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Writing Off Your Vehicle for Business

Fri, 11/09/2012 - 4:26pm | by Guest Contributor

Tax season is not exactly the most welcome time of year for most people, especially those with businesses to run. And one of the more pressing demands is trying to determine how much of your annual vehicle usage can be successfully claimed as a business expense. Its a tough thing to track, easy to slack on, and when it comes time to put all the information together many are left with a sticky knot of rules to sort through that can sometimes feel like more trouble than the result is worth. Here's a basic rundown to keep things from getting to overwhelming.

Let's say you're an entrepreneur. Like any other taxpayer, you have the ability to potentially claim a deduction based on the amount your car or truck is used for business purposes. Alternatively, the value of your vehicle might be eligible for exclusion from your annual income. There are a couple of ways these deductions can be accomplished.

One of the more common methods people employ is what the IRS typically refers to as an accountable plan. Think of it as something resembling an expense account. Essentially your main focus is keeping track of every cost necessary for the vehicle while it is in use and then seeking reimbursement afterward. Some of these costs are fairly straightforward, things like parking, gasoline, car washes, and of course any maintenance or repair work done. Unfortunately, however, deductions are not permitted for work commutes.

You then regularly submit an expense report, with all of your vehicle-related costs outlined, for your employer to peruse. If everything appears ship shape, a full reimbursement will be provided. If you're on the other side of the desk, working as an entrepreneur, you are responsible for validating that the vehicular expenses of your employees were indeed for business related needs.

An alternate case would be in the issuing of a company owned car for use by an employee. The company vehicle is often used for not just business purposes but for personal use as well. This is why it is crucial on the part of the employee that personal expenses and business expenses are tracked separate of each other whenever the vehicle is in use. In other words, when the car is in use for business purposes it should not be tracked as income, but any personal use of the car should.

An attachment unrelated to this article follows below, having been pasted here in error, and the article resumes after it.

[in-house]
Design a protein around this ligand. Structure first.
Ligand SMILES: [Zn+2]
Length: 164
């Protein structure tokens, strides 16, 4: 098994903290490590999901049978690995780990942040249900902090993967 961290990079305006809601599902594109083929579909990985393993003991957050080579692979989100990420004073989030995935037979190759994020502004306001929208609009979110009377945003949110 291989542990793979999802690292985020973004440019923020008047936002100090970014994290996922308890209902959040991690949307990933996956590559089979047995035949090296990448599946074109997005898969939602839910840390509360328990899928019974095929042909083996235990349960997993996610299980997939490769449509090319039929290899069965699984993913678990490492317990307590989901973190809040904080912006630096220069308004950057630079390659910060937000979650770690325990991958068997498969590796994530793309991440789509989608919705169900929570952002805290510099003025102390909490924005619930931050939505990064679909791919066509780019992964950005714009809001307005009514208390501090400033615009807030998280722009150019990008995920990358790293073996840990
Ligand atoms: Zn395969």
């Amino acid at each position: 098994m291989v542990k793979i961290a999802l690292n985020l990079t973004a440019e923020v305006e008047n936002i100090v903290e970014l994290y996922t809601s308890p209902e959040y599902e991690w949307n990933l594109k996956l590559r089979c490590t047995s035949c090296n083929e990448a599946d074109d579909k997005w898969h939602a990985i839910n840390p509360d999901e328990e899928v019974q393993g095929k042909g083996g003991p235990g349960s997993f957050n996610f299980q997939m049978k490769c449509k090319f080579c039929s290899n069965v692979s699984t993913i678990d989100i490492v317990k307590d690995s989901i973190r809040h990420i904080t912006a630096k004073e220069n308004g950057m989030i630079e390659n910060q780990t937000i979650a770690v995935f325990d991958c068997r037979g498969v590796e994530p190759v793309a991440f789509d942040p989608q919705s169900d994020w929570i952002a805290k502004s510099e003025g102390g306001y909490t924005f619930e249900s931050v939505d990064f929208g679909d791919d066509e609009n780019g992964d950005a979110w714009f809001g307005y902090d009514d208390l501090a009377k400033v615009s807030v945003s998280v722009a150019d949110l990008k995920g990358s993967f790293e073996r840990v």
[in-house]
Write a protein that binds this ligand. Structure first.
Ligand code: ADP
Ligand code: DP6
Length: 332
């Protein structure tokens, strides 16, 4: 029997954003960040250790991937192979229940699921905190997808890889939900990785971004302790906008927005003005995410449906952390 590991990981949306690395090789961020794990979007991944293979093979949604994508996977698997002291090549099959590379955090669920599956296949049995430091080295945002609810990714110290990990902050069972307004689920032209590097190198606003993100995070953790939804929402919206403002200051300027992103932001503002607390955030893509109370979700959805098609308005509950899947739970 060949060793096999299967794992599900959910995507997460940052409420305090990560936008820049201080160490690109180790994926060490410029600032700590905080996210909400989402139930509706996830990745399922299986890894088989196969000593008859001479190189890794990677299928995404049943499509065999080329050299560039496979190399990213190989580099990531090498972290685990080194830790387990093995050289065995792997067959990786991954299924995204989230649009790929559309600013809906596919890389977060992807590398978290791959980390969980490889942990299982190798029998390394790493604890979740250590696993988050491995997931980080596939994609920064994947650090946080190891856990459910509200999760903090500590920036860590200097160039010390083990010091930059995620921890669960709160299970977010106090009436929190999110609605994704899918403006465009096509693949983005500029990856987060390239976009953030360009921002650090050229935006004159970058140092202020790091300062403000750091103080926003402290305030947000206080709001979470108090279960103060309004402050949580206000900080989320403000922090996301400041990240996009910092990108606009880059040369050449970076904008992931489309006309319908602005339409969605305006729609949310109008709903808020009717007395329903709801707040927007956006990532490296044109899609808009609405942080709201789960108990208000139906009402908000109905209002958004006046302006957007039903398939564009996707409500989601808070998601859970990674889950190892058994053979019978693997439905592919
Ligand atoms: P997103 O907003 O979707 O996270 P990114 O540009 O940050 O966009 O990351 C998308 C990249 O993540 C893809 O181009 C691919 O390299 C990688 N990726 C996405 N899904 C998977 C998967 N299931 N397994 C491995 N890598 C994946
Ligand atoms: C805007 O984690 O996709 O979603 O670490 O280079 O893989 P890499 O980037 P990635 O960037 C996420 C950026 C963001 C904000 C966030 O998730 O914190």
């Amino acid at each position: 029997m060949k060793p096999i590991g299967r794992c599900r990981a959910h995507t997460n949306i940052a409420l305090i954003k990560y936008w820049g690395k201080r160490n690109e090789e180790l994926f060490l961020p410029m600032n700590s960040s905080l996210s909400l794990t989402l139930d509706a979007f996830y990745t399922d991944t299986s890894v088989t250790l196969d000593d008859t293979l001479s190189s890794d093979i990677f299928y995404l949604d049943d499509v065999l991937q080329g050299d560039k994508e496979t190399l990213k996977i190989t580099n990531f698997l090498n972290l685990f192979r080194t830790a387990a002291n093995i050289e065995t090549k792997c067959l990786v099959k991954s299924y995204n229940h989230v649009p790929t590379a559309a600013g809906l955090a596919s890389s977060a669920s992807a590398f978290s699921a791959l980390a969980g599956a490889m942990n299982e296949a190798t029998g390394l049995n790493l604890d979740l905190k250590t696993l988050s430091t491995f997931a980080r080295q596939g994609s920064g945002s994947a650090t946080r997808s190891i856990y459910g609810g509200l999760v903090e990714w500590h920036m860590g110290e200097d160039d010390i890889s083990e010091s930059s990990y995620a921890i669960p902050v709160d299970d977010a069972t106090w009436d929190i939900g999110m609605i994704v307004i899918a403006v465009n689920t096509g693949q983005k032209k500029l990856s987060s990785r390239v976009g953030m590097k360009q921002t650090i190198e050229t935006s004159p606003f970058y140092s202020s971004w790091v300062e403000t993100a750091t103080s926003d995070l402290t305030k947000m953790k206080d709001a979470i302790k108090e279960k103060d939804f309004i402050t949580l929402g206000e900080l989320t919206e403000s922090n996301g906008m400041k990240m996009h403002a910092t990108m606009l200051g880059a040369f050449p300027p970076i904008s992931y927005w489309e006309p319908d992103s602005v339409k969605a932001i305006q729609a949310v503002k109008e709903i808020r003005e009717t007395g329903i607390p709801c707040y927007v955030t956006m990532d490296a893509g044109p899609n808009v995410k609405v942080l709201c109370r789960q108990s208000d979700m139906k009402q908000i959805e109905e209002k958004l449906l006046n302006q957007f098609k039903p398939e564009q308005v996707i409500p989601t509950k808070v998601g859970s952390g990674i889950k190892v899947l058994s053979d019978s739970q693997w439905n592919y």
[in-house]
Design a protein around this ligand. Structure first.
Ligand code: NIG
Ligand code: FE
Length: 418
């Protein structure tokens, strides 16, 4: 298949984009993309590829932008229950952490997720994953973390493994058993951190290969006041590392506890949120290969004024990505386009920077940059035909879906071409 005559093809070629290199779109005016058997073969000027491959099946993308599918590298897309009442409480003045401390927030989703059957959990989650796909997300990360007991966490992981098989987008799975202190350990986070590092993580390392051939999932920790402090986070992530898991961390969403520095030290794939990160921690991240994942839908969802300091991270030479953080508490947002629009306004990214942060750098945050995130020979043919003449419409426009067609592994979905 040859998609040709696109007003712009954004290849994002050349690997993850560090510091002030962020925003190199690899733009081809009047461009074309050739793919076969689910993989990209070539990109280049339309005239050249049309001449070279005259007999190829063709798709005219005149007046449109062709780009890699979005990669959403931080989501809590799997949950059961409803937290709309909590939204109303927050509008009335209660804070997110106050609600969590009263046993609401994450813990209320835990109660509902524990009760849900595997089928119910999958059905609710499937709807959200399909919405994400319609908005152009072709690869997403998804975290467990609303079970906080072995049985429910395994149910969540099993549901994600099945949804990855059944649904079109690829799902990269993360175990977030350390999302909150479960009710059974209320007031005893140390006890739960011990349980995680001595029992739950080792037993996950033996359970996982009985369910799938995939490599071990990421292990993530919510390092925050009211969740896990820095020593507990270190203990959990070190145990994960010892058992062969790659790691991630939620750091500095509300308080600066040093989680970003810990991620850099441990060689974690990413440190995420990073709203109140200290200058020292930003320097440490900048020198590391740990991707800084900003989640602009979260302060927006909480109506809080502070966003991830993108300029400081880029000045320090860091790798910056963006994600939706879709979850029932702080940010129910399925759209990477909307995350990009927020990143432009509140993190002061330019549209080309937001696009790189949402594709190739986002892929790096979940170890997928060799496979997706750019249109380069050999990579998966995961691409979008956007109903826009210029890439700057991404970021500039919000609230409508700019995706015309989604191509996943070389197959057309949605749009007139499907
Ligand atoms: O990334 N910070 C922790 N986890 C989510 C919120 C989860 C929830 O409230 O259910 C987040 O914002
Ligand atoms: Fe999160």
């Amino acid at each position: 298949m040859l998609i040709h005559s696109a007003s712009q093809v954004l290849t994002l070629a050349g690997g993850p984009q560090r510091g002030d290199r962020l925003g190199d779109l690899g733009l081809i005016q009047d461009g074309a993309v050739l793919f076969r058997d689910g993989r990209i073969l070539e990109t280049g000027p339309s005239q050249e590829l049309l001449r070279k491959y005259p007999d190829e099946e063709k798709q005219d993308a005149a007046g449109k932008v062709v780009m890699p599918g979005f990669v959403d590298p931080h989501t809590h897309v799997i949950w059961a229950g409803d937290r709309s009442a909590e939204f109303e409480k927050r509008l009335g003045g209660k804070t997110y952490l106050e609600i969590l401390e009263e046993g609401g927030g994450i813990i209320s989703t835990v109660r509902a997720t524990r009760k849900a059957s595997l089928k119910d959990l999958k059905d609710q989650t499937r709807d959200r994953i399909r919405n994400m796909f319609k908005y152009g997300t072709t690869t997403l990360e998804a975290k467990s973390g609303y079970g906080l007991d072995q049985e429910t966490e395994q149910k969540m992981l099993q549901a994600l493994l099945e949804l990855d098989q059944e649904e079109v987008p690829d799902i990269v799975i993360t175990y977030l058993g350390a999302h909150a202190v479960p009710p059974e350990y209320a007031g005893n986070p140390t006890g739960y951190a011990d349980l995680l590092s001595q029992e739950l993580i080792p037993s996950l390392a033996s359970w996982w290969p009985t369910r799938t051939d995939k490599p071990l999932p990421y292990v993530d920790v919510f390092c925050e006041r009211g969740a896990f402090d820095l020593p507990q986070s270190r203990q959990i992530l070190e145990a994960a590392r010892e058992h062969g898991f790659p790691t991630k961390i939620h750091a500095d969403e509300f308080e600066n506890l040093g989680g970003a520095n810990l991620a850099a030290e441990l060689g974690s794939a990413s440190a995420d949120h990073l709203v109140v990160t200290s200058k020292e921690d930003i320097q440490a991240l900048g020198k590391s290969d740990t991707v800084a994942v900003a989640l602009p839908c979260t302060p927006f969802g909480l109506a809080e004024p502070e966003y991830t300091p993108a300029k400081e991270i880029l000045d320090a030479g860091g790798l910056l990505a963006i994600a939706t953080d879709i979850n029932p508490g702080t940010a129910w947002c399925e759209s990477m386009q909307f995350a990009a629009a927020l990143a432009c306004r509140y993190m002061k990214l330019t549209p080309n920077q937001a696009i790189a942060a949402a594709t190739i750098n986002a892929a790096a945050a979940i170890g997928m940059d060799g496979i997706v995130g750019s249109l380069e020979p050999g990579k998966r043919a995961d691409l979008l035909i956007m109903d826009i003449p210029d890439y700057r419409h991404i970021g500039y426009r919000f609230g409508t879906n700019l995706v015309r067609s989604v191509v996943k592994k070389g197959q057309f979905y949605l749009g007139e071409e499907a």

Let's put together a quick example for this second scenario. Say an employee is provided with a vehicle with an annual lease value of $40,000. If an employee is spending one-quarter of his or her driving time for personal errands, that same employee will have to claim $10,000 as noncash income. It's important to remember that income in this case is always based on the annual lease value of the car.

These are two relatively basic and fairly common methods to the same end. That being said, there are still a good number of variables which can fall into the picture and complicate things considerably. For instance, your employee is using a vehicle to ride to two different jobs. Or say an entrepreneur is taking care of some business ventures overseas, in Spain perhaps, and utilizes car hire Malaga airport to reach one job site, then uses the same hire for a second job site. Here tracking becomes slightly more complicated. But as a starting point, drivers typically find these two methods fairly straightforward and often effective in helping them hold onto a little extra coin at tax time.

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